Financial Protection for Your Elderly Parent

This story opens with a 103-year-old parent who was sold two new HVAC units for his home costing $24,000.  These were top-of-the-line units where competitive units would have cost $14,000.  When his 70-year-old son found out, he was furious and felt the company had taken advantage of him.  The son had tried to protect his father by taking away credit cards but, in this case, the father took out a 12-year loan.  Ultimately, this case was resolved through a settlement agreement but this is a storyline that repeats itself every day across America.

I have my own experiences.  My mother, who died of Alzheimer’s, went through what I call the ‘Home Shopping Network phase’…where she was competent enough to order faux jewelry from the TV but obviously was not going anywhere where she would wear it.  After her death at age 89, we had a pile of jewelry and it was impossible to tell, for sure, what was real and what was fake.  A jeweler friend came to my rescue by dividing it into two piles…real and fake.

My father, who passed away at age 99, was a staunch patriot and was on numerous mailing lists, each of whom touted a patriotic cause focused on saving our soon-to-be-destroyed country.  He was constantly sending them money, which meant he got on even more lists.  Eventually, I took over control of his finances and he’d bring me his requests for gifts to various groups…many of which turned out to be bogus organizations and (legal) scams.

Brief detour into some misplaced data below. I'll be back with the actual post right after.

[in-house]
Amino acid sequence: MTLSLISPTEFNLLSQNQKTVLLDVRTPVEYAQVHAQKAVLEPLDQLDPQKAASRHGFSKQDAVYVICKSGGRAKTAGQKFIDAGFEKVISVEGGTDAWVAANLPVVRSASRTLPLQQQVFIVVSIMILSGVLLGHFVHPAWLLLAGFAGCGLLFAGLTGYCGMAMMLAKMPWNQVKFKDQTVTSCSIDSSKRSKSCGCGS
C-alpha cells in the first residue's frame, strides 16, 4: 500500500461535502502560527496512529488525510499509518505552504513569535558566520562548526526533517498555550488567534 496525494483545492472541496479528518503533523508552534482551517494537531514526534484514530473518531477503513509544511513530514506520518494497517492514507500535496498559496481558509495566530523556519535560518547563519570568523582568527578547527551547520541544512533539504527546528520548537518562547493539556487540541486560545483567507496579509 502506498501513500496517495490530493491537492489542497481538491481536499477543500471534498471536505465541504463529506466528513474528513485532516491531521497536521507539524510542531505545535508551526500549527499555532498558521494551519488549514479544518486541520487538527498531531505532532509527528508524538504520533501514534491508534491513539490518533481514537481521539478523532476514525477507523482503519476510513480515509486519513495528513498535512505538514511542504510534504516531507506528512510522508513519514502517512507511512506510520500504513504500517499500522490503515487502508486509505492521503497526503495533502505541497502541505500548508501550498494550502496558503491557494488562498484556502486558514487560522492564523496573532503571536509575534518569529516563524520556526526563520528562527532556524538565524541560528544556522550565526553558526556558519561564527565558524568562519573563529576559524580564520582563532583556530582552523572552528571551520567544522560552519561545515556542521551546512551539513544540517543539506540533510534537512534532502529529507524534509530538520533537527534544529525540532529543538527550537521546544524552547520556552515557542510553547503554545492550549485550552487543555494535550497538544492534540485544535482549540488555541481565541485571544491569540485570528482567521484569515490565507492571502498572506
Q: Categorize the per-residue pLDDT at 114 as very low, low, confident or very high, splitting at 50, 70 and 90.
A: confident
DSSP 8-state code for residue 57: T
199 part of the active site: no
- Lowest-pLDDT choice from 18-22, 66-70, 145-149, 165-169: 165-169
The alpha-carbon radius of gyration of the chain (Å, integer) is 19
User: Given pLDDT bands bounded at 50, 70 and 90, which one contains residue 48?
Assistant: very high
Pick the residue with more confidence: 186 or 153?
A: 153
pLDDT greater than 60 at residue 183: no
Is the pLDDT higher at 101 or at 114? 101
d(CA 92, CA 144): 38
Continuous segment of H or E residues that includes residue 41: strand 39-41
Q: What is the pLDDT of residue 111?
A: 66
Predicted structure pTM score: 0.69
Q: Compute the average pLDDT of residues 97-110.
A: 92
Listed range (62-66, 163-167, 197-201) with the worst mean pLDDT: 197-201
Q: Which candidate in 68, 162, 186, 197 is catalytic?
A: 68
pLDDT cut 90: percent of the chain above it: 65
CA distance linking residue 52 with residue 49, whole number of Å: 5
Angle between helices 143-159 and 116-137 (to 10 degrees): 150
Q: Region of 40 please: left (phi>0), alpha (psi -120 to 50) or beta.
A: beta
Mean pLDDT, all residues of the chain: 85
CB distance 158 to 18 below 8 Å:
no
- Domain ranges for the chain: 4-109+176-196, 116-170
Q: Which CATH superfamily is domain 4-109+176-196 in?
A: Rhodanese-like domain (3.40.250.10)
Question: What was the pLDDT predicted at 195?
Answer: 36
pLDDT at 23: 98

If our parents live long enough, most of us will face these issues.  I was fortunate that my father both realized he needed help and trusted me to look out for him.  I moved his financial assets into a trust where I served as trustee.  I simplified his finances by setting most of his bill-paying on auto-draft and consolidated his finances into two accounts, a checking and investment account.  We linked the accounts so I could easily transfer funds as needed.

When Should You Step In?

First, everyone, especially elderly parents, need to have an up-to-date financial Power of Attorney as well as a Living Will.  The person they nominate as their agent should be someone who is competent.  In too many cases, we find out it’s a deceased or incompetent spouse.  The next sign post is when you notice signs of diminished mental capacity.  We all suffer occasional ‘mental lapses’ but you’ll know when it becomes something more.  When you know it’s time, here’s what you should consider doing:

  • General and Durable Power of Attorney. If you don’t have this, get this document in place before your parent is too incompetent to sign one.  This gives you the right to intervene on all financial matters.  Do the same thing with a Living Will which gives you the right to receive information about their health condition and intervene with the healthcare decisions.
  • Bank accounts. Add your name to their bank accounts and set up online access for monitoring.  Most banks allow you to set up alerts if checks are drawn over a certain amount.  If their diminished capacity is severe enough, you’ll want to close their current account and open a new one where you’ll pay all the bills.
  • Credit cards. You’ll either want to close credit card accounts or set up a system allowing you to monitor charges.  Again, most companies allow alerts for charges over a certain amount.  Mine alerts me anytime a charge of $20 or more is processed.  Don’t just cut up credit cards, close them.

Credit freeze.  This could be your most important step.  In our case example of the 103-year-old, he didn’t have access to credit cards or a checking account so he simply took out a loan!  With a credit freeze, the third-party lender could not get a credit report which is typically a requirement for a loan.  You’ll need to contact all three credit bureaus: Experian, TransUnion and Equifax.